(Reuters) - Fabian Broich is an experienced sports psychologist but probably didn’t need all his years of training to deduce that most gamers have poor posture and an unhealthy relationship with sugary drinks.
The former professional goalkeeper immersed himself in the world of gamers to observe their daily cycle of playing, eating and sleeping before devising what he called a four-pillar strategy of sleep, nutrition, physical and mental training.
“They didn’t drink enough and if they did it was drinks with caffeine which led to improper sleep,” Broich, formerly at Schalke 04 Esports and now the head of performance at Excel Esports, told Reuters.
“I saw so many cokes and energy drinks, they obviously have a short-term benefit but lead to long term issues to health, concentration and tension.
“The guys also had really bad posture, they wouldn’t play sports. We needed them to get more sunlight, there was a lot of vitamin D deficiency because they’re always at the screen which emits blue light and makes it harder to sleep.”
Excel’s gamers are teenagers or in their early 20s and come from various countries on short-term contracts.
Broich, 29, said it was up to him to gain their trust as they were usually introverted types, stressing the need to prevent them from over-reacting to negative results or online reviews.
“They’re really young individuals stopping high school and studies for one- or two-year contracts,” Broich said. “For me it’s really important for them to trust me, I want to help them in any way possible.
“Honesty, trust and commitment are important. For some it takes longer to make friendships and relationships,” he said.
“Overall there’s confidentiality but what I sometimes do, if I feel it’s beneficial, I ask if I can share information with coaches... I think certain feedback should be given to coaches so the process (of improvement) is not delayed.”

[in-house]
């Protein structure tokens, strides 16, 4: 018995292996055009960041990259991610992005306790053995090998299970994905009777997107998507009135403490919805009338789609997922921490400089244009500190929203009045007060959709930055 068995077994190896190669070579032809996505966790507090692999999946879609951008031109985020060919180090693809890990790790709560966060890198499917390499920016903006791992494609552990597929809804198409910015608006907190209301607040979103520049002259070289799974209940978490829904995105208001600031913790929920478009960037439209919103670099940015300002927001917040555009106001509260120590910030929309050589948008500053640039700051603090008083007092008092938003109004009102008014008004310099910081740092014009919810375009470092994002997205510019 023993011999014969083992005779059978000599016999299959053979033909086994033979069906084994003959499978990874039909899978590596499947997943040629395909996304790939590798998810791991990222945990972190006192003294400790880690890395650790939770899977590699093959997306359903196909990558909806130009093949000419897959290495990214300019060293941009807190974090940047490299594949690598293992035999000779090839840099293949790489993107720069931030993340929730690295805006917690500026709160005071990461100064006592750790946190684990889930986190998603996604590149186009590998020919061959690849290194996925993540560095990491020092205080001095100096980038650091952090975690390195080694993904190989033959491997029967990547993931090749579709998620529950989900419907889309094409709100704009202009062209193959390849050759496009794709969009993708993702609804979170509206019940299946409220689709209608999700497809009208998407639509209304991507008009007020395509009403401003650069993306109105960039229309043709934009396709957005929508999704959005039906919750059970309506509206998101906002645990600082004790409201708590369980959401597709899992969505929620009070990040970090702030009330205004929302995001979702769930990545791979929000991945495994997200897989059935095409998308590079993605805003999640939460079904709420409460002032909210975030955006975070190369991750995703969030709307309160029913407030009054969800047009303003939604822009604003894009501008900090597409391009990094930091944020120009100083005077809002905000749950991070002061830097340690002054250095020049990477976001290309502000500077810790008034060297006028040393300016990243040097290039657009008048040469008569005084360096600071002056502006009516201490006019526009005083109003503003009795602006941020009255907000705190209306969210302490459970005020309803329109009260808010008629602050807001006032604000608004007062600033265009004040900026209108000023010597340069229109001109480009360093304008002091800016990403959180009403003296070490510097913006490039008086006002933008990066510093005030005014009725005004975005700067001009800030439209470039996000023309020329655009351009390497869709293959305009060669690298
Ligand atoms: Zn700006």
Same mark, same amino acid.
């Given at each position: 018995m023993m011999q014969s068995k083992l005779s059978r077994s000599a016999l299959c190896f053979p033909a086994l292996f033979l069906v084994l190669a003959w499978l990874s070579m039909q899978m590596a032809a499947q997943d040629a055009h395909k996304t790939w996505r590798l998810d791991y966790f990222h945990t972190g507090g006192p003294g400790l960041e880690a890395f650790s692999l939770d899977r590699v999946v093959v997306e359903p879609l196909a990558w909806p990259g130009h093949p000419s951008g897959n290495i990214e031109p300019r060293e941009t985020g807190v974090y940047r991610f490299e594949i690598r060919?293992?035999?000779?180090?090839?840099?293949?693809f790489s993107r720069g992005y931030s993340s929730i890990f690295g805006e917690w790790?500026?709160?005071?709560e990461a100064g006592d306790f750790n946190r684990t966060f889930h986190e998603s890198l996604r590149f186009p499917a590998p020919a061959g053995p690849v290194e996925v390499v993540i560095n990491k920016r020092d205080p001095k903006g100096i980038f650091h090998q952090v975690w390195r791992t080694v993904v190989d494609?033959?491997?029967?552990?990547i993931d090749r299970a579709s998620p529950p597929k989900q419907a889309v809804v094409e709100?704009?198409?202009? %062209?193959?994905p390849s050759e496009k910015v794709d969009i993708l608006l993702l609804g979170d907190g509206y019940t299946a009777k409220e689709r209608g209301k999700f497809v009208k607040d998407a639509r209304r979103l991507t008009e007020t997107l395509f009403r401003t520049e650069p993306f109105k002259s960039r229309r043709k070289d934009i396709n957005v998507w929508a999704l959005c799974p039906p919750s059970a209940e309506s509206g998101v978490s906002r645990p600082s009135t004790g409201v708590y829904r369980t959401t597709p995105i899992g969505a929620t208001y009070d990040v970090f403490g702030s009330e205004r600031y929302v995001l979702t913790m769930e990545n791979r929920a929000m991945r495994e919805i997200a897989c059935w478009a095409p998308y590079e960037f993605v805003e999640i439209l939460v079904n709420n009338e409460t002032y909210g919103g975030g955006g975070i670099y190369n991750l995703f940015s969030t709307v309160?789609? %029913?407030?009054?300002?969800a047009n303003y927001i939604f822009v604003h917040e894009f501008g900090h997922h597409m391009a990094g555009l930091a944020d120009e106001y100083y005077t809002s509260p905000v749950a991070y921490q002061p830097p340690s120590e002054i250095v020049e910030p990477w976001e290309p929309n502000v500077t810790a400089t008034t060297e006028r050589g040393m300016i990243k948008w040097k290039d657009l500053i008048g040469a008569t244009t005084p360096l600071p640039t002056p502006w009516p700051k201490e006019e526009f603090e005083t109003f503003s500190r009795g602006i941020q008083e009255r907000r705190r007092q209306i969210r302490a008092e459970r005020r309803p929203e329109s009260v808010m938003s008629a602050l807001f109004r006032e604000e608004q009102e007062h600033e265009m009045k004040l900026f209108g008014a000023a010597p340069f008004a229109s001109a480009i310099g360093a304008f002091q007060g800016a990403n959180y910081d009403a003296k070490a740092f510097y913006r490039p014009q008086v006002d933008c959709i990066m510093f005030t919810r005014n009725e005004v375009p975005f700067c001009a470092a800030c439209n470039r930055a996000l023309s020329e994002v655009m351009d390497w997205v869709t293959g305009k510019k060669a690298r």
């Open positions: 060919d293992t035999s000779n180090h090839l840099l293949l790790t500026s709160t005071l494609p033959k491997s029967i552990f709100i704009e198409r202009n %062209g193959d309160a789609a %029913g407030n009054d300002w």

Some young gamers, such as Manchester City’s professional FIFA player Ryan Pessoa, now see the need to regularly talk to a sports psychologist.
“I didn’t think it was that big a deal a year ago, but now after going through several sessions you realise how important it is and gives you that mental edge over competitors,” Pessoa, 22, said.
“Sometimes you can get frustrated and that negatively impacts your performance. It’s good to have someone that can give you an outside point of view and tips to improve... I can cope with unfavourable situations better.”
Pessoa spends at least 10 hours a day practicing FIFA, which can take a toll on his sleep cycle.
“We’ve been working on my sleep schedule for months, especially since the pandemic started,” Pessoa said.
“I’d go to bed at 4 a.m. and wake up at 2 p.m. but that’s not ideal for tournament days... It was good to get into that routine.”
Reporting by Rohith Nair in Bengaluru; Editing by Christian Radnedge
Our Standards: The Thomson Reuters Trust Principles.